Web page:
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R (Burrows) v Lord Chancellor [2006] EWHC 251 (Admin)

Permission to apply for judicial review of fees order refused.

R (Burrows) v Lord Chancellor [2006] EWHC 251 (Admin)

Queen's Bench Division: Cox J (10 January 2006)

Summary
Permission to apply for judicial review of fees order refused.

Background
The claimant, a practising solicitor advocate and specialist in family and child law, sought permission to apply for judicial review of the Family Proceedings Fees (Amendment) Order 2005. In September 2005, the Department for Constitutional Affairs (DCA) issued a consultation paper – by sending it to approximately 200 consultees and placing it on the DCA website – entitled 'Civil and Family Court Fee Increases', setting out proposals to increase court fees in order for Her Majesty's Court Service (HMCS) to meet its cost recovery targets for the current financial year and beyond. It was expressly stated in the introduction to that paper that the underlying fee policy and the principle of the need to recover costs were not in issue. Rather, the scope of the consultation was limited to whether the particular fee increases proposed were 'most apt to meet the need to cover more of our costs'. The consultation period ended on 18 November 2005, and the claimant became aware of the paper towards the end of November.

Taking the responses to the consultation into account, the Lord Chancellor decided, subject to two exceptions, to proceed with the fee increases proposed, one such increase being on presentation of a divorce petition, where the fee was to be increased from £210 to £300. The two exceptions were, first, the Lord Chancellor decided not to introduce at this stage a proposed increase from £210 to £380 in the fee for an application for ancillary relief; and, secondly, he decided not to pursue the proposed increase in fees for issuing lower-value monetary claims.

The claimant contended that the Lord Chancellor had acted unreasonably and without regard to the duty of fairness in four separate respects, two of which raised procedural issues and the other two raising substantive criticisms of the Order: as to the procedural matters, the claimant complained that the Lord Chancellor had 'ignored the response to the consultation process prepared by the Law Society'; and, further, that he had introduced the new fees shortly before Christmas, when 'adjustment to his new scheme and time for response to it is minimal'. As to the substantive criticisms, the claimant submitted that the Lord Chancellor had introduced or perpetuated a scheme of fees for family proceedings which was regressive, and the increases to be brought into effect in the Order did not reflect, as in civil proceedings, the amount of the claim and the cost to the taxpayer of claims proceeding to each stage.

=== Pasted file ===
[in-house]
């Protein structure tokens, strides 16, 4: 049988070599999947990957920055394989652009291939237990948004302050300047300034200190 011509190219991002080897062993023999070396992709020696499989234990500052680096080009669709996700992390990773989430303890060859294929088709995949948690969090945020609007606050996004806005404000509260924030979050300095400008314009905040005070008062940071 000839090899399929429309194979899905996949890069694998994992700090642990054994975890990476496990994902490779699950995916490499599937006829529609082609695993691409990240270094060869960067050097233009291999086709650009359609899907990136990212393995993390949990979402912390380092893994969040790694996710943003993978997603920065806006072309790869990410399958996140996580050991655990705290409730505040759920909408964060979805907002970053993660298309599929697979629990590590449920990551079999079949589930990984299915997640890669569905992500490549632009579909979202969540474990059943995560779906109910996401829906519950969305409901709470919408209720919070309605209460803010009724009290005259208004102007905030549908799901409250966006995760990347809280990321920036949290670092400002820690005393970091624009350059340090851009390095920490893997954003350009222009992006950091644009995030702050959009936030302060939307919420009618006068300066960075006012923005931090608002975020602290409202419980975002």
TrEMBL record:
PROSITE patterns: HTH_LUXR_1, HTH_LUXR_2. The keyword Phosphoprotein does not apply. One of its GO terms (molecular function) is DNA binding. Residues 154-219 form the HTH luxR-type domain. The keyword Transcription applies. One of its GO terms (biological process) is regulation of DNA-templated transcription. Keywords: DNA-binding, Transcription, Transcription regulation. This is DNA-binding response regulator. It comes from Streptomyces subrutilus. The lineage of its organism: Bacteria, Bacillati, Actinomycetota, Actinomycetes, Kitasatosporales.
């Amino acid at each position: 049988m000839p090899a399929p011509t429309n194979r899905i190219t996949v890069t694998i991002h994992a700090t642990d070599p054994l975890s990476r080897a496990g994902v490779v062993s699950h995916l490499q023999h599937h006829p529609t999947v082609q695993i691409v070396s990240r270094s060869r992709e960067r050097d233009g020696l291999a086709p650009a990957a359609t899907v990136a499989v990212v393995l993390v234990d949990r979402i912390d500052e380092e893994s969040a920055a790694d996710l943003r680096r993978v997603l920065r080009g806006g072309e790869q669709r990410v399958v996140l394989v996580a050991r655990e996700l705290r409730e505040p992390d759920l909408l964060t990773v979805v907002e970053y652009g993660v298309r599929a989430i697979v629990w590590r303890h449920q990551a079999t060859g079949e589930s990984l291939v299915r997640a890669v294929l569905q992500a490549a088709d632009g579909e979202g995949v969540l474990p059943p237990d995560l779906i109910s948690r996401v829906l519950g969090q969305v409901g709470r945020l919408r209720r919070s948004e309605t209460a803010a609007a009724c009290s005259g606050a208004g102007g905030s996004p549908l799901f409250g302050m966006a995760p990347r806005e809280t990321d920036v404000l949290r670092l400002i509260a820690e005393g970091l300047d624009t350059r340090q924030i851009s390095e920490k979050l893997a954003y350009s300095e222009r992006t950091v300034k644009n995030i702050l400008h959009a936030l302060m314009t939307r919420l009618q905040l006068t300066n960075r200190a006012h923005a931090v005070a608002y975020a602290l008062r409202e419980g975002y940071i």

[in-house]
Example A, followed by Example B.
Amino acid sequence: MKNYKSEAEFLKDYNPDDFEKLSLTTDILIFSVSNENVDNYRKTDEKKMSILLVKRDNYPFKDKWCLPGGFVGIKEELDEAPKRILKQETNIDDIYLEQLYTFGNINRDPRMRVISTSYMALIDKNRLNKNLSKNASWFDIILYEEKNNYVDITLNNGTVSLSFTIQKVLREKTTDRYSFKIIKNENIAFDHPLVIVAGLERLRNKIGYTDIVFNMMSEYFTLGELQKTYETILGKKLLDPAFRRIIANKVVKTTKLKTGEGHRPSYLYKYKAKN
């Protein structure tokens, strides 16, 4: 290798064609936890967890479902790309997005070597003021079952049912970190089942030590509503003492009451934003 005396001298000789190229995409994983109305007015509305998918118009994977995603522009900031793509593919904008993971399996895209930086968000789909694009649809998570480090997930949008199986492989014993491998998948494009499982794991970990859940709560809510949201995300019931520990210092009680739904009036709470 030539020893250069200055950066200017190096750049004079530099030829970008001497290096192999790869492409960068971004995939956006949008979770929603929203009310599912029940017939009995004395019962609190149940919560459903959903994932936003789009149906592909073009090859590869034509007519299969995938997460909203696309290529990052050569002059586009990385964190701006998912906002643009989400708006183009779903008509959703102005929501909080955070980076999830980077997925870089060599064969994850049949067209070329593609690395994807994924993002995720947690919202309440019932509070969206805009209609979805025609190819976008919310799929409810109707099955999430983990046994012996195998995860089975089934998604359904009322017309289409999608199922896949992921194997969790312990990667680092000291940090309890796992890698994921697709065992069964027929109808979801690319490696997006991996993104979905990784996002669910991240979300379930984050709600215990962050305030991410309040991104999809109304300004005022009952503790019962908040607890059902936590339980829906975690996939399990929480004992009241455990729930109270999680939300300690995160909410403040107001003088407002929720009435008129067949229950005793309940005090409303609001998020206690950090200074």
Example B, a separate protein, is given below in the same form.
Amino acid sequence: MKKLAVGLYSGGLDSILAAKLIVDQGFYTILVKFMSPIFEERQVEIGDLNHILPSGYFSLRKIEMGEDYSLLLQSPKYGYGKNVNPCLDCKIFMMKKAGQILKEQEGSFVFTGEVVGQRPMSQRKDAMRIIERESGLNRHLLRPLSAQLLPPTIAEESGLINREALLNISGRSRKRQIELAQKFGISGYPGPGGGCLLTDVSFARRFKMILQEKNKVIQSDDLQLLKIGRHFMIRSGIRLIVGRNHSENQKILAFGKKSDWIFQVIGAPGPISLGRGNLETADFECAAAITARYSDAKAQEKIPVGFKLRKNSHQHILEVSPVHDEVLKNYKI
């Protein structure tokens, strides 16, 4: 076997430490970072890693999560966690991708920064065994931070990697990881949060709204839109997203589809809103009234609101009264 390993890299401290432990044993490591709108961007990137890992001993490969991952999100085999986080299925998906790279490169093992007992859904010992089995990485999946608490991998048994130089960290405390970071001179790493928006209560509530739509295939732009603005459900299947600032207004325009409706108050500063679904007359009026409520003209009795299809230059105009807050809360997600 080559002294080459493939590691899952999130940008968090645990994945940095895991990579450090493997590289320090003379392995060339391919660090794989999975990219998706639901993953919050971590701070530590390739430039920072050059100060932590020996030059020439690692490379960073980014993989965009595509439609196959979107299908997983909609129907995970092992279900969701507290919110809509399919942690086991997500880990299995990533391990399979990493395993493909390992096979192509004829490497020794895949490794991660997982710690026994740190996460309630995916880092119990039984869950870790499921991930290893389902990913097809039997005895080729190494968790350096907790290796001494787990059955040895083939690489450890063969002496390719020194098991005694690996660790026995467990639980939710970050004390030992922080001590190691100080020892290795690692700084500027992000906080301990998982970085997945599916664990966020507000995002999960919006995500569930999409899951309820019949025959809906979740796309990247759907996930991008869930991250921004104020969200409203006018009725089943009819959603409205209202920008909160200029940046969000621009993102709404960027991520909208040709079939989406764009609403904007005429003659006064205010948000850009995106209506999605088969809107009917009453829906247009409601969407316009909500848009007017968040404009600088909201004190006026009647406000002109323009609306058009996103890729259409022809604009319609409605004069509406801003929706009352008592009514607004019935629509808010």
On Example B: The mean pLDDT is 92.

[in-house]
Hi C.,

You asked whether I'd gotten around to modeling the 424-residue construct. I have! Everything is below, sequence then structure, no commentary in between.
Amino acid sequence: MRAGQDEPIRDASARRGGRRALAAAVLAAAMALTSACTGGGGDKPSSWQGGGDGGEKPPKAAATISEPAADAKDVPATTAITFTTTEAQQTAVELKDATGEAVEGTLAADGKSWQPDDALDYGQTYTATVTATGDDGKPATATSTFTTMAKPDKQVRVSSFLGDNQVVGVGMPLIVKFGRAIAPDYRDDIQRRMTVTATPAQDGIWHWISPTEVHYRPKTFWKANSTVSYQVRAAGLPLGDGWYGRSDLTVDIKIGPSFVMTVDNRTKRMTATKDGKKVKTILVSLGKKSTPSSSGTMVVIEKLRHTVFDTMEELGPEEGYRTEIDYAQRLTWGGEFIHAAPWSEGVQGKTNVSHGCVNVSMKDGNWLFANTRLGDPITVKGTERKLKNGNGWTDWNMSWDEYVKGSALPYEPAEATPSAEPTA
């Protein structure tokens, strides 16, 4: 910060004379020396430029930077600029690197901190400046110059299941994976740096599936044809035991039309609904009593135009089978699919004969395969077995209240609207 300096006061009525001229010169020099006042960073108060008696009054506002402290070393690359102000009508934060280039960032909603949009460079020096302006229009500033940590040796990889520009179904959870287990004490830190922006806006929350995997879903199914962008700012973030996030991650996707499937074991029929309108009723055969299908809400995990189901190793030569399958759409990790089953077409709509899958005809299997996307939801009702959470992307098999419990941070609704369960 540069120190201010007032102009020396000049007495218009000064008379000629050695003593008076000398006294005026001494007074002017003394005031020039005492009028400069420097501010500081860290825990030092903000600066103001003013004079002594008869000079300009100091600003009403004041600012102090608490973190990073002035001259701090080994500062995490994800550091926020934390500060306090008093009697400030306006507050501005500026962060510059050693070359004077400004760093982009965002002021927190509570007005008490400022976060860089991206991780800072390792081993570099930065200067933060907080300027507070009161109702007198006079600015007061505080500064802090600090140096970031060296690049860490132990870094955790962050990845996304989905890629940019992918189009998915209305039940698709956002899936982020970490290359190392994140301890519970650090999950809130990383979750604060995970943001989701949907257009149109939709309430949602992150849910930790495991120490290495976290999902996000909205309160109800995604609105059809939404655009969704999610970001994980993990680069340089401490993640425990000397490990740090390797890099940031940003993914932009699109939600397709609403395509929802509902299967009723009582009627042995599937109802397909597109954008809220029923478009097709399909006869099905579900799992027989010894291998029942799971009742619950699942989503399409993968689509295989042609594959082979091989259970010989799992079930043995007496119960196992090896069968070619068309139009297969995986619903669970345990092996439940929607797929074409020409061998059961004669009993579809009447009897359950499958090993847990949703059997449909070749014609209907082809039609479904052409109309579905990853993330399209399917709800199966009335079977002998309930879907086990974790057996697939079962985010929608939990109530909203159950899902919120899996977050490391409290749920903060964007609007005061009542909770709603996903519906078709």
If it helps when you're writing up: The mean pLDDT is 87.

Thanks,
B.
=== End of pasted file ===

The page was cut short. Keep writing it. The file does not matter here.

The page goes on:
Judgment
Held, refusing permission to apply on all counts, that there was no basis for the claimant's procedural challenges to the 2005 Order; and the substantive grounds of challenge were also unarguable.

The claimant's comparison with similar civil proceedings fees was held to be inappropriate; his concerns centred essentially on what he expressed as the unfair hike in petition fees, which he accepted in argument could not itself be the subject of challenge, and the structure of the present fees regime, which was not in any event the subject of the consultation sought to be impugned. A number of the complainant's submissions addressed what, in his own personal opinion, was an alternative and a better way of avoiding unfairness in the fee system, which he was constrained to accept in argument was not of relevance to this application.

The judge also commented that the procedural issues raised by the claimant would be more appropriately dealt with as part of two major reviews to be undertaken during 2006 as part of the DCA's longer-term strategy for reforming the system of court fees.

Read the full text of the judgment here